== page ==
Twin 17-storey apartment buildings represent “smart growth” for the corner of Dunbrack and Willett streets, the councillor for the area argued Tuesday night.
Halifax regional council held a public hearing to consider rezoning for 210 and 214 Willett St.
Toronto developer and real estate investment firm Hazelview Investments (formerly known as Timbercreek Asset Management) owns the properties. It wants to tear down the vacant 123-unit, 11-storey building on the corner lot and the 47-unit, four-storey building on the other lot and build about 500 units in two buildings.
The zoning on the lots limits density to 75 people per acre, and according to municipal staff, “does not permit mixed-use development in support of the Regional Plan or the Integrated Mobility Plan.”
“These R-4 Zone requirements have resulted in a few tower-in-the-park developments: tall buildings surrounded by lawns and parking lots,” municipal planner Sean Gillis wrote in a report to the Halifax and West Community Council last year.
Gillis originally recommended rezoning the whole area surrounding the proposal.
“This area has many nearby amenities, including parks, schools, a library, a major recreation centre, transit routes, and shopping plazas. Based on the Regional Plan, the Integrated Mobility Plan and the Rapid Transit Study, this is a good place to direct new, high-density development,” he wrote in last year’s report.
But hearing concerns from residents, the Halifax and West Community Council, and then regional council in passing first reading for the proposal, preferred to spot zone the properties at 210 and 214 Willett St. instead.
What came to council Tuesday night was a rezoning just for 210 and 214 Willett St. to allow buildings of up to 17 storeys on the site. Five people signed up to speak for the public hearing.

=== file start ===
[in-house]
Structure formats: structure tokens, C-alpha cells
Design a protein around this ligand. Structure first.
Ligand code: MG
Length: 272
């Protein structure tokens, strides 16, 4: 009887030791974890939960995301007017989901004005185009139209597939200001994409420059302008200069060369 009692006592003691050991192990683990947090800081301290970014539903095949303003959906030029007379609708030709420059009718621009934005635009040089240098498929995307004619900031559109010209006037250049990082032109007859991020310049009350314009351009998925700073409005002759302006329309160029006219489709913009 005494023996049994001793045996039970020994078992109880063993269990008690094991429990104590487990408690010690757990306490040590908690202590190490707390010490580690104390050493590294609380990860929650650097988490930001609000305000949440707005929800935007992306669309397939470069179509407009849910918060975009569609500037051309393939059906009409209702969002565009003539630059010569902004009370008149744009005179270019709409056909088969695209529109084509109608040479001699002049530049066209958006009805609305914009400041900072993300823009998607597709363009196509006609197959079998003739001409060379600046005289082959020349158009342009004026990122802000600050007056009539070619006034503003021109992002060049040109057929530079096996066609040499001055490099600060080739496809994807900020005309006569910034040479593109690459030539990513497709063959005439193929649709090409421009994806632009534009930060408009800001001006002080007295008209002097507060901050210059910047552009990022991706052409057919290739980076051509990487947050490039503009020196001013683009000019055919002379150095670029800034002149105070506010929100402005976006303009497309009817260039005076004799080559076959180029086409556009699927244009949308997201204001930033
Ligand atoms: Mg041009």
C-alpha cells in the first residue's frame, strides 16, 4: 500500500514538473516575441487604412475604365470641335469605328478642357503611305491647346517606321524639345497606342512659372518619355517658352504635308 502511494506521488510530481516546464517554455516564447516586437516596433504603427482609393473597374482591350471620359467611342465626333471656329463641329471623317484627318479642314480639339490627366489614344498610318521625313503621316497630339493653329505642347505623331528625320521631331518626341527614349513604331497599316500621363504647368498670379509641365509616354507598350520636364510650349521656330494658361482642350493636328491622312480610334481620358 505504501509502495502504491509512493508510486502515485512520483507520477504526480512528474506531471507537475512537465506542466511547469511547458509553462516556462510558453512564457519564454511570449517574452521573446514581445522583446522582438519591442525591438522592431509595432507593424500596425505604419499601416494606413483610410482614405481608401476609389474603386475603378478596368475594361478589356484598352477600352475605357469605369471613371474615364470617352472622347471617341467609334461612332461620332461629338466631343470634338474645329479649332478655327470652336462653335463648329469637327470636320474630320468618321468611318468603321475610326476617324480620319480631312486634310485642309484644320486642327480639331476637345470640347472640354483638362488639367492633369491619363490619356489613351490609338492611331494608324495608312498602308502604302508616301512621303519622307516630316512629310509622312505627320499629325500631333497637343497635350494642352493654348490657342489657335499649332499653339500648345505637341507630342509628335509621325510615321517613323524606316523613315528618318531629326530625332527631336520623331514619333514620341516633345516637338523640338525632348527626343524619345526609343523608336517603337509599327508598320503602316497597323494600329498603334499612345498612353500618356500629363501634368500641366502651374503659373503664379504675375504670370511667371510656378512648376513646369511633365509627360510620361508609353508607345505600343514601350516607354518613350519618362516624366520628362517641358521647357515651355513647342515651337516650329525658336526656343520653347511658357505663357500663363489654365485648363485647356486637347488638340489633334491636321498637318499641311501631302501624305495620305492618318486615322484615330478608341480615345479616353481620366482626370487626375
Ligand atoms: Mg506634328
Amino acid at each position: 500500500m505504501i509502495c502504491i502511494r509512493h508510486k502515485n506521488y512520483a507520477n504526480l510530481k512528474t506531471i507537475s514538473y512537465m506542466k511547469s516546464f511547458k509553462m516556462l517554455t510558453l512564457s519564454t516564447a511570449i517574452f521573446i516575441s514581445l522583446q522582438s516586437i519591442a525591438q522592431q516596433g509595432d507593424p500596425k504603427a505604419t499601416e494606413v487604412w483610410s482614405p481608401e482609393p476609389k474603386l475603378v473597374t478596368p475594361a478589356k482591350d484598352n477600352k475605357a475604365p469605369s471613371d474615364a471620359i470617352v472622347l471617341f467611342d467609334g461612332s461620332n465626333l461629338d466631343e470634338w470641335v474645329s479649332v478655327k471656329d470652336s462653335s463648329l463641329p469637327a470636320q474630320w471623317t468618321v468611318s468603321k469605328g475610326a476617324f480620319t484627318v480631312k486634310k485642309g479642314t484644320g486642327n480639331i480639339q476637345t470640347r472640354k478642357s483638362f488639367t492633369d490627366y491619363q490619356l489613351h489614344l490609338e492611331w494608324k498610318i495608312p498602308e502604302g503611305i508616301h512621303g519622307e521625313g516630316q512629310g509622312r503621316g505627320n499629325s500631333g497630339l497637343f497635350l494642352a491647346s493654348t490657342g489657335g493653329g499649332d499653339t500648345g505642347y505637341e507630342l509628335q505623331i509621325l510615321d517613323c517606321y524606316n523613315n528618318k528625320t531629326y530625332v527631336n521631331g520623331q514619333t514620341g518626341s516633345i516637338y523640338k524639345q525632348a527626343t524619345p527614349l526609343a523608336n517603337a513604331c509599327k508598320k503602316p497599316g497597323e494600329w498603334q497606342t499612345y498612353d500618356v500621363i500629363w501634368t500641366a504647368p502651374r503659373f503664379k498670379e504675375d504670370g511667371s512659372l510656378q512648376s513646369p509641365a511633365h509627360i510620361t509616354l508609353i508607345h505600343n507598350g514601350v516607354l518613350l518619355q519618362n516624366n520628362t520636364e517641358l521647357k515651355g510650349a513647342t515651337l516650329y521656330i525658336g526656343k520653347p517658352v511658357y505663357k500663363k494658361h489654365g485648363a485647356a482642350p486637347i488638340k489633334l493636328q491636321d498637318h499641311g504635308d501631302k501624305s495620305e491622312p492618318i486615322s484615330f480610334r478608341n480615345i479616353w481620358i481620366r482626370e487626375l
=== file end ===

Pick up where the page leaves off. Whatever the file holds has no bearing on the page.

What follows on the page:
One of them, Bill Campbell president of the group Walk and Roll Halifax, was in favour of density on the site, but not the spot zoning used to get there.
The others, all nearby residents, were opposed. Their reasoning included unease with high rises, concerns about parking, and the developer’s intent.
“Hazelview Investments has $8.8 billion globally under management. They could give a damn about the future well-being of our citizens and communities,” neighbour Bruce Smith told councillors. (It’s actually $8.9 billion.)
“As elected representatives and employees of Halifax Regional Municipality, your first obligation is to protect the interests of your citizens and communities, not to embellish the fortunes of foreign entities.”
Michael Williams, Hazelview Investments’ executive director of real estate development, said the investment firm isn’t all about profiteering.
“It is important to us that we don’t get painted with that brush,” Williams said, noting the company manages pension funds and builds apartments, not condos.
Noting the community opposition, councillors followed Kathryn Morse, the councillor for Halifax–Bedford Basin West, including this area, in approving the proposal.
“It’s been a really difficult project for me and decision for me,” Morse said.
“Ultimately what it comes down to is the type of growth that we have to have in Halifax. I think it’s much more sustainable if we get denser, and that’s what staff is recommending, that this is a place that it makes sense to grow up, rather than spread and sprawl all over. Given that there are a lot of amenities nearby, that it can be a walkable community, that we [will] have bus rapid transit in place, I think this represents smart growth.”
With council’s approval, the developer will now have to finalize its design and apply to municipal planning staff for all the necessary permits. Plans shown at council on Tuesday were conceptual only, but any plans that fit with the new zoning will be approved, subject to HRM’s other bylaws and requirements.